The Tuning Folk in Auckland came alive Saturday night as Texas-bred musician Shakey Graves, shook up the intimate venue.

"Alright, let's get weird", Shakey Graves (Alejandro Rose-Garcia) told the crowd as he busted into the first song of the evening, The Perfect Parts, from latest album And The War Came.

Often a one-man-band, tonight he was accompanied by a hard hitting drummer, the pair feeding off each other and it felt as though they had already been rocking out all night.

Sweat dripped from his forehead as the Austin singer-songwriter picked out distortion-heavy notes on his guitar, putting a bluesy groove through his folk-rock music. With a sweetly raspy vocals reminiscent of early Kings Of Leon, his voice swung between raging choruses and subdued moments.

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Each song burst with relentless energy. Even during gentler songs there was passion in each word sung, his guttural wails contrasting with the dreamy plucking of his guitar.

Cheers erupted to the opening notes of Roll the Bones. Now with the stage to himself, Shakey Gaves' stomped his feet on a kick drum and tambourine. "I'm really glad it started here" he told the wild audience, explaining that it was the first night of his tour.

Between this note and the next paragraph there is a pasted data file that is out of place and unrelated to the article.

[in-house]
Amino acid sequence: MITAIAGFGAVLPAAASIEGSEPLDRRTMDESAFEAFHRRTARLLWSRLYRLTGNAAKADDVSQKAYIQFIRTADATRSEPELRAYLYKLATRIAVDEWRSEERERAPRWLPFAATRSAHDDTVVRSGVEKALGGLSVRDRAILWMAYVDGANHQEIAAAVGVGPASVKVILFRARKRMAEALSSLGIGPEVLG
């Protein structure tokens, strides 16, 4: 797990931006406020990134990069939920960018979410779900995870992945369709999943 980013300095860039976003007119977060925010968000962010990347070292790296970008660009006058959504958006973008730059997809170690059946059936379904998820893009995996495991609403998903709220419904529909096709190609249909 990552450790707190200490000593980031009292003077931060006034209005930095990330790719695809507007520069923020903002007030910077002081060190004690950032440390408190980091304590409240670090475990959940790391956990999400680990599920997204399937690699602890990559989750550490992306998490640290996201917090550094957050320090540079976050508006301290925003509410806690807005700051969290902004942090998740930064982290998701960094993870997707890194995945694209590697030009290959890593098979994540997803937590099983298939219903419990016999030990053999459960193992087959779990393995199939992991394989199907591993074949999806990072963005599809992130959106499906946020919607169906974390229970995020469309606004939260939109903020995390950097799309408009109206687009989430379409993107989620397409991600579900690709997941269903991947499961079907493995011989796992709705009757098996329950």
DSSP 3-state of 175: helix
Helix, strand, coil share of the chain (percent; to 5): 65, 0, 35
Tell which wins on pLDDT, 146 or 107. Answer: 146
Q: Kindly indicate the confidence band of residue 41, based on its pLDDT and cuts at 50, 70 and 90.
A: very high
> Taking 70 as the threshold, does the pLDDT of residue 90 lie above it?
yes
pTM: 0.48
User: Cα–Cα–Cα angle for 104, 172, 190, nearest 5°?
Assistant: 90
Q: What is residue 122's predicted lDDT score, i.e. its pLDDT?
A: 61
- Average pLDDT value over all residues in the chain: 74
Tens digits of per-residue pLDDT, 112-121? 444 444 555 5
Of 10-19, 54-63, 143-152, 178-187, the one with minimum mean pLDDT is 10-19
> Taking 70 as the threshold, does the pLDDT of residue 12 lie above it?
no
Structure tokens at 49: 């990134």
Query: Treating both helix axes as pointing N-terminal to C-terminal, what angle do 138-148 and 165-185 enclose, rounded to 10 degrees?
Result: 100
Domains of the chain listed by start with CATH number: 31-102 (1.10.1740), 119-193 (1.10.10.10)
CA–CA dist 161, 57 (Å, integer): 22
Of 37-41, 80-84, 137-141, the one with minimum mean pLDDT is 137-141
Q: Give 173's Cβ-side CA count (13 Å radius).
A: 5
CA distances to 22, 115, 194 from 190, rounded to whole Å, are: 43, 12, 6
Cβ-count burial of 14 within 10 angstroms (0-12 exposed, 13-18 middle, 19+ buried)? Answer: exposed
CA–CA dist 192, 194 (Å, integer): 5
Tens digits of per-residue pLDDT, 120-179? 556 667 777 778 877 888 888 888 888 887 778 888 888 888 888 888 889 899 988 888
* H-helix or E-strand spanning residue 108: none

Truly looking like he was enjoying each moment, Shakey Graves' banter with the room was on-form, telling stories, laughing with them and getting fun call and responses going, everyone there was completely on his side.

The slow romantic Chinatown, from his The Story of My Life EP, came crooned like a 1940s love song, featured some amazing mouth trumpeting - though the audience's own solo failed miserably in a hilarious mess of sound.

Playing with the tempo of his tinny twanged Southern-rock sound, he dropped songs down to half speed only to build them back up vigorously. Bringing "my boy Boo" back on the drums for the final numbers, Shakey Graves delved back into some grungier tracks, swinging his hips to the rough, gritty music as high pitched squeals sparked through the speakers.

Esme Patterson who sings on Dearly Departed was unavailable for the Auckland show, so two girls - coincidentally American - were welcomed onstage to sing her part. These ladies weren't the best singers really, but in the moment it didn't really matter.

In the encore, the muso came back out alone for more of his tambourine, kick-drum combo, vocals growling on Late July.

In short Shakey Graves was amazing and delivered a performance that his Kiwi fans won't soon forget.

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